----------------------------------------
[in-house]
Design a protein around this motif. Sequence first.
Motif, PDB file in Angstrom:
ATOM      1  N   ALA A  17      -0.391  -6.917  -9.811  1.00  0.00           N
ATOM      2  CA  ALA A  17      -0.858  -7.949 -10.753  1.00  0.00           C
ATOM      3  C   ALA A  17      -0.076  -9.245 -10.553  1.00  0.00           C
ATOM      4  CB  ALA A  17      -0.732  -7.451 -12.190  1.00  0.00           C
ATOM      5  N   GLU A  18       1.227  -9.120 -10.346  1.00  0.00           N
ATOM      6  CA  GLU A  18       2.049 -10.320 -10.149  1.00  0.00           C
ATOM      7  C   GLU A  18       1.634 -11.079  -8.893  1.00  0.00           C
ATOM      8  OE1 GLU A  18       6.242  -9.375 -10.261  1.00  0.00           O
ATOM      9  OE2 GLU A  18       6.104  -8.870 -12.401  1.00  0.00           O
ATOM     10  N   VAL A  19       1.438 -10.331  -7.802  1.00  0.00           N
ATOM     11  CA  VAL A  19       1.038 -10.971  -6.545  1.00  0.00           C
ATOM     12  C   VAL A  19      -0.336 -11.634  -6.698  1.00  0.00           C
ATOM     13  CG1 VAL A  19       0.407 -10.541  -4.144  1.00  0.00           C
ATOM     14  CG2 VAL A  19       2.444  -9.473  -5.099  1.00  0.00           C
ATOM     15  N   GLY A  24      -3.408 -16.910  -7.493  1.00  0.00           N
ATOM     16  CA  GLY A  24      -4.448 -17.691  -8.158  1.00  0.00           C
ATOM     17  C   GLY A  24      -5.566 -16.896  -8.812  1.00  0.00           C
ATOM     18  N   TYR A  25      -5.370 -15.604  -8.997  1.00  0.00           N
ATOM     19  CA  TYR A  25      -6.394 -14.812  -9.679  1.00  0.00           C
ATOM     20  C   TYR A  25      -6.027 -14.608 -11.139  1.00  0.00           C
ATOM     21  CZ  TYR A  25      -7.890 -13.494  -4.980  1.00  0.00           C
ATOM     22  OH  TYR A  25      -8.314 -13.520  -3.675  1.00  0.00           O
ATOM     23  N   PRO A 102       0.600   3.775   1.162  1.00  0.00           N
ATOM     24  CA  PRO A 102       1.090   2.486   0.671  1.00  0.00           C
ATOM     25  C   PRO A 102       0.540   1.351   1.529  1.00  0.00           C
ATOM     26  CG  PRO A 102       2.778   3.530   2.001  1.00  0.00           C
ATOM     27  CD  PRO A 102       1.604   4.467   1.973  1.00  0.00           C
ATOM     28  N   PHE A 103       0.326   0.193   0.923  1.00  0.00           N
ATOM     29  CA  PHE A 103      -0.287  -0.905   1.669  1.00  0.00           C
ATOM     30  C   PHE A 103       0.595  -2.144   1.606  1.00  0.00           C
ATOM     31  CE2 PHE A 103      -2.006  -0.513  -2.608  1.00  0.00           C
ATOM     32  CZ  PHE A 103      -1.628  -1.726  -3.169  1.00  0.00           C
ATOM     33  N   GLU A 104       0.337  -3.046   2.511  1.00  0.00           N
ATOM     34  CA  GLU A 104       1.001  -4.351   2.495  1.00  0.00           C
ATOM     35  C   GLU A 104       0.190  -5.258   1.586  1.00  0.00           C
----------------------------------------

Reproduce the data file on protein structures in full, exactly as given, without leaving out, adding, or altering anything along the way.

[in-house]
Design a protein around this motif. Sequence first.
Motif, PDB file in Angstrom:
ATOM      1  N   ALA A  17      -0.391  -6.917  -9.811  1.00  0.00           N
ATOM      2  CA  ALA A  17      -0.858  -7.949 -10.753  1.00  0.00           C
ATOM      3  C   ALA A  17      -0.076  -9.245 -10.553  1.00  0.00           C
ATOM      4  CB  ALA A  17      -0.732  -7.451 -12.190  1.00  0.00           C
ATOM      5  N   GLU A  18       1.227  -9.120 -10.346  1.00  0.00           N
ATOM      6  CA  GLU A  18       2.049 -10.320 -10.149  1.00  0.00           C
ATOM      7  C   GLU A  18       1.634 -11.079  -8.893  1.00  0.00           C
ATOM      8  OE1 GLU A  18       6.242  -9.375 -10.261  1.00  0.00           O
ATOM      9  OE2 GLU A  18       6.104  -8.870 -12.401  1.00  0.00           O
ATOM     10  N   VAL A  19       1.438 -10.331  -7.802  1.00  0.00           N
ATOM     11  CA  VAL A  19       1.038 -10.971  -6.545  1.00  0.00           C
ATOM     12  C   VAL A  19      -0.336 -11.634  -6.698  1.00  0.00           C
ATOM     13  CG1 VAL A  19       0.407 -10.541  -4.144  1.00  0.00           C
ATOM     14  CG2 VAL A  19       2.444  -9.473  -5.099  1.00  0.00           C
ATOM     15  N   GLY A  24      -3.408 -16.910  -7.493  1.00  0.00           N
ATOM     16  CA  GLY A  24      -4.448 -17.691  -8.158  1.00  0.00           C
ATOM     17  C   GLY A  24      -5.566 -16.896  -8.812  1.00  0.00           C
ATOM     18  N   TYR A  25      -5.370 -15.604  -8.997  1.00  0.00           N
ATOM     19  CA  TYR A  25      -6.394 -14.812  -9.679  1.00  0.00           C
ATOM     20  C   TYR A  25      -6.027 -14.608 -11.139  1.00  0.00           C
ATOM     21  CZ  TYR A  25      -7.890 -13.494  -4.980  1.00  0.00           C
ATOM     22  OH  TYR A  25      -8.314 -13.520  -3.675  1.00  0.00           O
ATOM     23  N   PRO A 102       0.600   3.775   1.162  1.00  0.00           N
ATOM     24  CA  PRO A 102       1.090   2.486   0.671  1.00  0.00           C
ATOM     25  C   PRO A 102       0.540   1.351   1.529  1.00  0.00           C
ATOM     26  CG  PRO A 102       2.778   3.530   2.001  1.00  0.00           C
ATOM     27  CD  PRO A 102       1.604   4.467   1.973  1.00  0.00           C
ATOM     28  N   PHE A 103       0.326   0.193   0.923  1.00  0.00           N
ATOM     29  CA  PHE A 103      -0.287  -0.905   1.669  1.00  0.00           C
ATOM     30  C   PHE A 103       0.595  -2.144   1.606  1.00  0.00           C
ATOM     31  CE2 PHE A 103      -2.006  -0.513  -2.608  1.00  0.00           C
ATOM     32  CZ  PHE A 103      -1.628  -1.726  -3.169  1.00  0.00           C
ATOM     33  N   GLU A 104       0.337  -3.046   2.511  1.00  0.00           N
ATOM     34  CA  GLU A 104       1.001  -4.351   2.495  1.00  0.00           C
ATOM     35  C   GLU A 104       0.190  -5.258   1.586  1.00  0.00           C